DBS Therapy is a personal decision — one you and your doctor should make together. The right time for DBS is when your medications still work, but not as well as they used to.
|✓||Have had Parkinson’s for 4+ years|
|✓||Have had movement symptoms and/or medication side effects for 4+ months|
|✓||Respond well to Levodopa|
|✓||Have movement symptoms not adequately controlled by medication|
You're probably taking medications to help control movement symptoms like tremor (shaking), slowed movement (bradykinesia), and stiffness (rigidity).
One common Parkinson's disease medication, levodopa, is typically very effective at first, but less so over time. As Parkinson's progresses, doctors prescribe more or different medications, and have you take them more often. The higher doses may not bring the relief you need and can lead to side effects like nausea, dizziness, or unintended movements (dyskinesia).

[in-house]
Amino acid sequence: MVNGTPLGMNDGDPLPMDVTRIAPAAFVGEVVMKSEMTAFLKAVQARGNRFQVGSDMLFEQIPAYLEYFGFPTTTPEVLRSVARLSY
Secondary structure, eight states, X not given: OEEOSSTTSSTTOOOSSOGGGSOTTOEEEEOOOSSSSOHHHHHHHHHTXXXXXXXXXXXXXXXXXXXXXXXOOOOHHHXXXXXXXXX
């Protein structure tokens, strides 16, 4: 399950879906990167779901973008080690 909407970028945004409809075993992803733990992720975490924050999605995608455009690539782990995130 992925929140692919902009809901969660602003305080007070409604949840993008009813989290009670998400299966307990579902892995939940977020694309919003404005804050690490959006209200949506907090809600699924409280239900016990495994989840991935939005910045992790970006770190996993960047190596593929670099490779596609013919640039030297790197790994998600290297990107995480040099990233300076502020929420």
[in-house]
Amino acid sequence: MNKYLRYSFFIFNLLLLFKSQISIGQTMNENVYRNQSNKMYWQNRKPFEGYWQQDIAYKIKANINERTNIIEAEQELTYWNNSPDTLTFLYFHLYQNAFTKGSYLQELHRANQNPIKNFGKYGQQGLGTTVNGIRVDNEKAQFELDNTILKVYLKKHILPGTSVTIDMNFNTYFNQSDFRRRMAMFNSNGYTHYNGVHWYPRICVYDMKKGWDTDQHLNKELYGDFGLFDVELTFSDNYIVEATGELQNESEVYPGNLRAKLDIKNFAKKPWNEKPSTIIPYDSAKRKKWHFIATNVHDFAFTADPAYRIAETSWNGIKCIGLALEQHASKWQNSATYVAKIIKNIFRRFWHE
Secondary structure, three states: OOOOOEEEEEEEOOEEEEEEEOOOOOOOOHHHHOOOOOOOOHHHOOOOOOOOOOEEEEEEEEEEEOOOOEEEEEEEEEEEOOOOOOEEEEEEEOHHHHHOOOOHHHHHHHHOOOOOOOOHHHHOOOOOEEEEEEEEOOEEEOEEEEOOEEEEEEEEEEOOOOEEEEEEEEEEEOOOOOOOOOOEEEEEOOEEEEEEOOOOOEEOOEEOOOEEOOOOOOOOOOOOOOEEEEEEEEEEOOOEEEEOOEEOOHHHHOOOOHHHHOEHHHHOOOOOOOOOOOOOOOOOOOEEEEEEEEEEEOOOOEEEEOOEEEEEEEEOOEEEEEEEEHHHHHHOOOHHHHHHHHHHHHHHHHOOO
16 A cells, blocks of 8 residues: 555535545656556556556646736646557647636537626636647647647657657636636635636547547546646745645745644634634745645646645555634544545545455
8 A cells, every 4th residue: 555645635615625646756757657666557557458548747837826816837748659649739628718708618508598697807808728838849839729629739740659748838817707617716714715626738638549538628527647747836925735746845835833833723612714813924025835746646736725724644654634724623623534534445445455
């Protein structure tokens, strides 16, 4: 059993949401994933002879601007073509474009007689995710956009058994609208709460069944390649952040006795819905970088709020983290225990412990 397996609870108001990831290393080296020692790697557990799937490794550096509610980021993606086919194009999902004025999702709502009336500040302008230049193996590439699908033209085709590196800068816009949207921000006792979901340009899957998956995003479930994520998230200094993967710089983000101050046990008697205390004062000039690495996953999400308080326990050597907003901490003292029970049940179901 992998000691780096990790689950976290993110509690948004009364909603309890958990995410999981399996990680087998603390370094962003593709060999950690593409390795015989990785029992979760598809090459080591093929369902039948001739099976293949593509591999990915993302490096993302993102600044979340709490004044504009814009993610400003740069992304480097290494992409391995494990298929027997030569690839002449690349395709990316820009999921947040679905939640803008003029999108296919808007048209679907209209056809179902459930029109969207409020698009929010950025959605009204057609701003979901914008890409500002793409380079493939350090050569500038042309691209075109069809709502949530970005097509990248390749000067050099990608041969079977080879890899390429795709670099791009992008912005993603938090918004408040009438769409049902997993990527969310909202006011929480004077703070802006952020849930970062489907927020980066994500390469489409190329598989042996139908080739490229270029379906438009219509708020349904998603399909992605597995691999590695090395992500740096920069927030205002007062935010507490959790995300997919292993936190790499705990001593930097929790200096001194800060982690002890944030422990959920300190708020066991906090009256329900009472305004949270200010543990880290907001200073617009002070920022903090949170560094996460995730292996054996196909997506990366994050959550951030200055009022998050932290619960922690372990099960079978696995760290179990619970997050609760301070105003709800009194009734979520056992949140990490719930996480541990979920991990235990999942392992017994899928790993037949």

If you wait until your medications no longer help, DBS will no longer be an option — so don't think of DBS as a last resort. Instead of just putting DBS off until someday in the future, talk with your doctor about it now. That way, you will be ready to start at the right time for you.
Watch for these signs that your medications are not working as well as they used to:
DBS Therapy for Parkinson’s is not for everyone. Not everyone will receive the same results. Patients should always discuss the potential risks and benefits of the therapy with a physician. A prescription is required. DBS Therapy requires brain surgery. Risks of brain surgery may include serious complications such as coma, bleeding inside the brain, stroke, seizures and infection. DBS Therapy may cause worsening of some symptoms.
Medtronic DBS Therapy for Parkinson's Disease and Essential Tremor Clinical Summary, 2015.